How To Watch College Lecture Videos Online
Whether you go to school online or are getting a degree at a traditional campus college, some professors make good use of multimedia in order to teach their classes. Using their resources, even if it isn’t required to pass the class, can help you study for tests and get the most out of your education. Lecture videos are one example of the various resources your professors may use to enhance your education.
To get started watching college lecture videos online, start by finding out where the videos will be hosted. If you work through an online degree program, the school itself may host the videos on their website. Some professors also have their own websites where they’ll host the videos. Other professors will make use of social media sites to host videos. For example, your professor may upload his video to YouTube. In any case, you’ll need the URL where you can find the resources. From there, it is as easy as pushing play.
You may also need to download the video, depending on how your professor records and uploads it. In this case, it is important to find out what software you’ll need to play the video. Most videos can be played with free programs like Windows Media Player or Quicktime. Make sure you have the correct program downloaded and installed on your computer.
Make sure that your computer is set up to run the videos your professor uploads. This shouldn’t be a problem if you’re watching the videos online – if you can get online with your computer, you can probably run the videos. If you’re having a problem, it is more likely your Internet connection. You may need a high-speed connection for the video to work well, though some videos may run if you allow enough time for them to load.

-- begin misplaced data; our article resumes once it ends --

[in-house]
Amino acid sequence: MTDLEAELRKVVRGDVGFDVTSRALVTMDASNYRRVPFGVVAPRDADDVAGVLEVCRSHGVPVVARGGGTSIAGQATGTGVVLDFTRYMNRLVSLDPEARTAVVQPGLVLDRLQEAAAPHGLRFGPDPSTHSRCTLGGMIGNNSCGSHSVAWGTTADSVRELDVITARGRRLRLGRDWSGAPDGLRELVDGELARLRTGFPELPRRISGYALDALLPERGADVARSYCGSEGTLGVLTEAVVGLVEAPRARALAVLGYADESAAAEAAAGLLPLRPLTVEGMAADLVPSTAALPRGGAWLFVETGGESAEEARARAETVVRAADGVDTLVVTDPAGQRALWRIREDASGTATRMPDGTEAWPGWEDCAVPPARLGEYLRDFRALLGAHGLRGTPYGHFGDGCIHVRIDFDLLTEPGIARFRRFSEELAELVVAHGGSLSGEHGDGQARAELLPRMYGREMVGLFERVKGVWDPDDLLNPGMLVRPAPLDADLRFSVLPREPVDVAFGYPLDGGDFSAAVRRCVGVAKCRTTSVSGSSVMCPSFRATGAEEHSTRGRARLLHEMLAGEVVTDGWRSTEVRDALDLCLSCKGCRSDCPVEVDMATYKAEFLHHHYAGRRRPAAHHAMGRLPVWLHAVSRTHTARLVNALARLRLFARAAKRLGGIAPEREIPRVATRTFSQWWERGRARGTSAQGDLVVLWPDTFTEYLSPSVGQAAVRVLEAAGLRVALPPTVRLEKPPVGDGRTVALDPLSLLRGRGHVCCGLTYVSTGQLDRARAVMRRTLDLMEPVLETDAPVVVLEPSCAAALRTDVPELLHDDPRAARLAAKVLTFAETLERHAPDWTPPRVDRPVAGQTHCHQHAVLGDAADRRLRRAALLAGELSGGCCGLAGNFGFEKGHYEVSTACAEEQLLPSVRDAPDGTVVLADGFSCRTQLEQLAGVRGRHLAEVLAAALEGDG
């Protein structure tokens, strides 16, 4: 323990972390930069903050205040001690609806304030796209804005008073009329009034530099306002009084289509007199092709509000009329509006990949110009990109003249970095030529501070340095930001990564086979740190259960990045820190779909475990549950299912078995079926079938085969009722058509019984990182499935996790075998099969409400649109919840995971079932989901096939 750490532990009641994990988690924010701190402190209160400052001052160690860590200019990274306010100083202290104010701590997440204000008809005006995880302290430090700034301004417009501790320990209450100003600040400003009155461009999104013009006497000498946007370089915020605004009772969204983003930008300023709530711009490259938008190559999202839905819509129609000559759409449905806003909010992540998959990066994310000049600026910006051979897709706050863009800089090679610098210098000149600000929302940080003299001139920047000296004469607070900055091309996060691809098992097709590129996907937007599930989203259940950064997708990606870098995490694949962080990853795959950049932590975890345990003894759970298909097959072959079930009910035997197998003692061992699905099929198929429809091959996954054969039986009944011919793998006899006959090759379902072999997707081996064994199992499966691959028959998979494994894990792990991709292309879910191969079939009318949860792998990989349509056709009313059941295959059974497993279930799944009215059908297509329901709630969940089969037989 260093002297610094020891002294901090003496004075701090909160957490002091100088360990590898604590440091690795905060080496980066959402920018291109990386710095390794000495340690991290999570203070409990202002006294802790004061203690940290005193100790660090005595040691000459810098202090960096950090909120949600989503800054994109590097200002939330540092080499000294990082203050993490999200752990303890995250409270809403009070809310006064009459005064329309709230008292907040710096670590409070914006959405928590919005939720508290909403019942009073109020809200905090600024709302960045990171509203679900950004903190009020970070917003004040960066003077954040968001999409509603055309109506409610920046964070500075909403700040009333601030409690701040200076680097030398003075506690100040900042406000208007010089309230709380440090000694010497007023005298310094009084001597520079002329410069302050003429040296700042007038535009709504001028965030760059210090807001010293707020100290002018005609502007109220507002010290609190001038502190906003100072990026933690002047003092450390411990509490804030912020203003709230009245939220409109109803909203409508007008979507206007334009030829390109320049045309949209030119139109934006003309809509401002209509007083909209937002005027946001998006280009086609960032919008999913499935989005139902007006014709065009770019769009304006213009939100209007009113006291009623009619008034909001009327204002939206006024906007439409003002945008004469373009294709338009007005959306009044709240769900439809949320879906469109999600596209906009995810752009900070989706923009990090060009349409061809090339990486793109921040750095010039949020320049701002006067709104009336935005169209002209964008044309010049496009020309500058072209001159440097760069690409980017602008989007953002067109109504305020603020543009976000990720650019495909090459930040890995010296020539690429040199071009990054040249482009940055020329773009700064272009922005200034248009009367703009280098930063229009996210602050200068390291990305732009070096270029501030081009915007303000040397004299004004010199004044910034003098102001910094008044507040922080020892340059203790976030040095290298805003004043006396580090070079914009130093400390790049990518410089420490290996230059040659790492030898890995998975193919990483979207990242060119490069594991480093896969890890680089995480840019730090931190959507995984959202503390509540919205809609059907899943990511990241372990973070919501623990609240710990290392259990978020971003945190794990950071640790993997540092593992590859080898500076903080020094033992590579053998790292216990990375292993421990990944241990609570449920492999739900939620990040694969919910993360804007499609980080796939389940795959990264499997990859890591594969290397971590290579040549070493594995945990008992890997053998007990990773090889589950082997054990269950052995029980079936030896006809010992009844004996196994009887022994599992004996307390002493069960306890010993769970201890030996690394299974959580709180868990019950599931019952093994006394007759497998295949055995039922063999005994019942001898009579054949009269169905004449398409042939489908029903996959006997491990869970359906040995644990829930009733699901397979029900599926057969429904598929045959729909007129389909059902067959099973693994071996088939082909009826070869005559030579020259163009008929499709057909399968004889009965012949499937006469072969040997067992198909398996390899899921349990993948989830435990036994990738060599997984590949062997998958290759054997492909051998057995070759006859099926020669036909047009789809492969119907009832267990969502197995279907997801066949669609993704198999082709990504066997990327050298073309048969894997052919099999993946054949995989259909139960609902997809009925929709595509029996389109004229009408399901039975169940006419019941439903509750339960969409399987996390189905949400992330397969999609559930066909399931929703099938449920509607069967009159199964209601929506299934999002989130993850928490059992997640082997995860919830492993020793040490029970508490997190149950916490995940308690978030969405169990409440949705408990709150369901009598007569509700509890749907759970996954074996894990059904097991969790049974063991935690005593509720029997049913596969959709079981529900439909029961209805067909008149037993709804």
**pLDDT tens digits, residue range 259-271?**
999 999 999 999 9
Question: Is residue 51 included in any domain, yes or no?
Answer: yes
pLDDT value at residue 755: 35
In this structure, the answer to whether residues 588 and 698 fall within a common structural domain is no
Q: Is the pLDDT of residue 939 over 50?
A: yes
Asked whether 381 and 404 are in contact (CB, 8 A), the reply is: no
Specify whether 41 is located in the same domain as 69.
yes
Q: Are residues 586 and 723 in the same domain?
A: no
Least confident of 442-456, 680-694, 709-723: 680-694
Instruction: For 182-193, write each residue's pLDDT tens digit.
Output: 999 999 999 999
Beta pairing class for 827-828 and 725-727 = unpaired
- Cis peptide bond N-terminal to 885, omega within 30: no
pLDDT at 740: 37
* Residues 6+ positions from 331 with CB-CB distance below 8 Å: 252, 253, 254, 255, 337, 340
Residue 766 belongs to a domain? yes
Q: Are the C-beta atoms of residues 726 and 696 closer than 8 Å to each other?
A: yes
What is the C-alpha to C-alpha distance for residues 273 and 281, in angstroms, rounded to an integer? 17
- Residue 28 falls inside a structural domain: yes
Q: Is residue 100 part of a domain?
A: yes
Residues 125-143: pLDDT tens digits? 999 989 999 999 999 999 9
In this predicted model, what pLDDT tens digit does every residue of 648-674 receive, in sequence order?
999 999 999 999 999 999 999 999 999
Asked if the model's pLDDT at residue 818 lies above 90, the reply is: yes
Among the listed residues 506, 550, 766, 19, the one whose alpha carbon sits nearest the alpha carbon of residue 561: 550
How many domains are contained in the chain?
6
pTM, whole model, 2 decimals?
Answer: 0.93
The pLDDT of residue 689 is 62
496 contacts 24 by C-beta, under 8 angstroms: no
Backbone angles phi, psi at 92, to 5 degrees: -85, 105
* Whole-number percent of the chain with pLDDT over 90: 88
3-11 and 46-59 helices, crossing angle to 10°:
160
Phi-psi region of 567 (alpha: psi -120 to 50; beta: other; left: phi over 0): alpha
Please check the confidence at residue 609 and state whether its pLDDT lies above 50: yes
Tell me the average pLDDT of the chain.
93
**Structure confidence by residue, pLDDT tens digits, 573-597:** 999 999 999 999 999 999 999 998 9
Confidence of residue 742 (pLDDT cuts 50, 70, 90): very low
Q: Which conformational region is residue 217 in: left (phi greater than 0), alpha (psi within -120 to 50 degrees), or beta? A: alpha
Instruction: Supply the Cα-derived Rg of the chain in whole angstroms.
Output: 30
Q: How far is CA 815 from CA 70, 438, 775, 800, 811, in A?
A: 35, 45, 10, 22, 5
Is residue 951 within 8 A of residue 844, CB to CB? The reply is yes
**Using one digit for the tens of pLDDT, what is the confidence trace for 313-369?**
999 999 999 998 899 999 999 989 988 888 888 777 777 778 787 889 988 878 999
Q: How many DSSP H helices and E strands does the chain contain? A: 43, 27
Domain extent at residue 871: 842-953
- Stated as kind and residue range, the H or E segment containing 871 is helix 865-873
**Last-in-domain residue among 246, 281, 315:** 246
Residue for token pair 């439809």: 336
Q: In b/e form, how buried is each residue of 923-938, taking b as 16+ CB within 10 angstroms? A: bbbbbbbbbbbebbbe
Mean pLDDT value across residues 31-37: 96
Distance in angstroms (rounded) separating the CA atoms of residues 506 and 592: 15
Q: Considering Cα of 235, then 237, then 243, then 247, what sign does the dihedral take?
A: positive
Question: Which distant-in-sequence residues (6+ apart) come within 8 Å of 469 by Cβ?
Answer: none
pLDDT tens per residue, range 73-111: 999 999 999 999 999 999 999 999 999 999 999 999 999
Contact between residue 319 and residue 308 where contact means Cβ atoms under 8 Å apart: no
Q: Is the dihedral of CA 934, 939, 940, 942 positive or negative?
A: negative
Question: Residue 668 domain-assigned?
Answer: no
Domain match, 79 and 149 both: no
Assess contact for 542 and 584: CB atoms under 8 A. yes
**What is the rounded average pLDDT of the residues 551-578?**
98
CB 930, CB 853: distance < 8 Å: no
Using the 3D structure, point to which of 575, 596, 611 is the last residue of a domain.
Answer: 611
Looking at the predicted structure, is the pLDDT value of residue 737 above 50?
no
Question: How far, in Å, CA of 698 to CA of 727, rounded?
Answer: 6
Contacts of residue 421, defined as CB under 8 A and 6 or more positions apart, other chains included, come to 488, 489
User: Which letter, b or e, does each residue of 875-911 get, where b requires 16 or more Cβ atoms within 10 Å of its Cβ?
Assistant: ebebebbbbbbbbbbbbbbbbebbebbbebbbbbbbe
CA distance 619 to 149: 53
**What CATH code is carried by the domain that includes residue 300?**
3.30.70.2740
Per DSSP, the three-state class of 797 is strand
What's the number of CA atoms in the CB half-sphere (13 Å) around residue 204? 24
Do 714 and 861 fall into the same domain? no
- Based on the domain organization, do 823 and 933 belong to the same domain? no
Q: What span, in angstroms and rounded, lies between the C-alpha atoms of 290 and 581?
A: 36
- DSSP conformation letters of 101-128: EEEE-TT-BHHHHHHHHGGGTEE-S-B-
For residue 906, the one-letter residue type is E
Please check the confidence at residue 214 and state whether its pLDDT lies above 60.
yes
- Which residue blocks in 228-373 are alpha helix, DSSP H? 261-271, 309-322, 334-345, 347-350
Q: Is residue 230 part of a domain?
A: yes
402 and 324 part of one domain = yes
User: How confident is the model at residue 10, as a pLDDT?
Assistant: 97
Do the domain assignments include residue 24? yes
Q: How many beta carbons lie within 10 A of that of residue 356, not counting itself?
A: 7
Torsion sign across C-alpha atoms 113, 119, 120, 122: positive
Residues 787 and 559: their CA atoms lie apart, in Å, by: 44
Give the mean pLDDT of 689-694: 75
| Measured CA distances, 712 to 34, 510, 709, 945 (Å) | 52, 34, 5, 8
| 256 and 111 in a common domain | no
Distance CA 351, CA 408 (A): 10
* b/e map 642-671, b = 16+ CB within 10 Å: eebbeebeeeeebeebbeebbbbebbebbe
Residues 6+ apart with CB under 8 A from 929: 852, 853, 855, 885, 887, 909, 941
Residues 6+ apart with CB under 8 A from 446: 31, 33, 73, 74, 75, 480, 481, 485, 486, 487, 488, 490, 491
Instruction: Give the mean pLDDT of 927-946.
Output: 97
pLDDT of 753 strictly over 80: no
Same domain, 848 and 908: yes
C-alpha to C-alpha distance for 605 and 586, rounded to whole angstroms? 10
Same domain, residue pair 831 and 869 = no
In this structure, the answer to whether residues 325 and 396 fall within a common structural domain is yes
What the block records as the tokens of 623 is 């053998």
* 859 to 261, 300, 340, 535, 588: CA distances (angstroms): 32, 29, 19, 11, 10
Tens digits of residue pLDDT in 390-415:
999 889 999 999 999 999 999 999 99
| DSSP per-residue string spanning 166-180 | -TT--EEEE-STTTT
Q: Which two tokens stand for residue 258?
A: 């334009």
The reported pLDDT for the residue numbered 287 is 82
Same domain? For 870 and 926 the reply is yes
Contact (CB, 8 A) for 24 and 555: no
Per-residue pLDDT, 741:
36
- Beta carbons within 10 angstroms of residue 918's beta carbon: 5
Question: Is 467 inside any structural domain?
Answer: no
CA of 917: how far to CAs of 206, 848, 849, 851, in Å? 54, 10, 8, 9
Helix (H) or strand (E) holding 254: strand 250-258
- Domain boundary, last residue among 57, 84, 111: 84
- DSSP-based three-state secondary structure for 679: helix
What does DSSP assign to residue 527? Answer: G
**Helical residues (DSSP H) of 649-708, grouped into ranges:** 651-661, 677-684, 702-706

Knowing how to jump over the technological hurdles is only half of what you need to know when it comes to how to watch college lecture videos online. Don’t just push play and watch the lecture. Use this as a study tool, and start by taking notes. Treat the video as you would a normal lecture. The added bonus is that you can pause the video and even rewind it if you missed a point.
In addition, you should keep a separate notepad open so you can jot down questions you want to ask the professor later. One of the downfalls of lecture videos rather than live lectures is that you can’t ask for clarification on the spot, and you don’t want to forget to do so later.
Video lectures, whether they are a part of your requirements or not, are crucial for helping you learn more about the topic. When a professor puts resources online, use them; you’ll only benefit from what they have to teach you.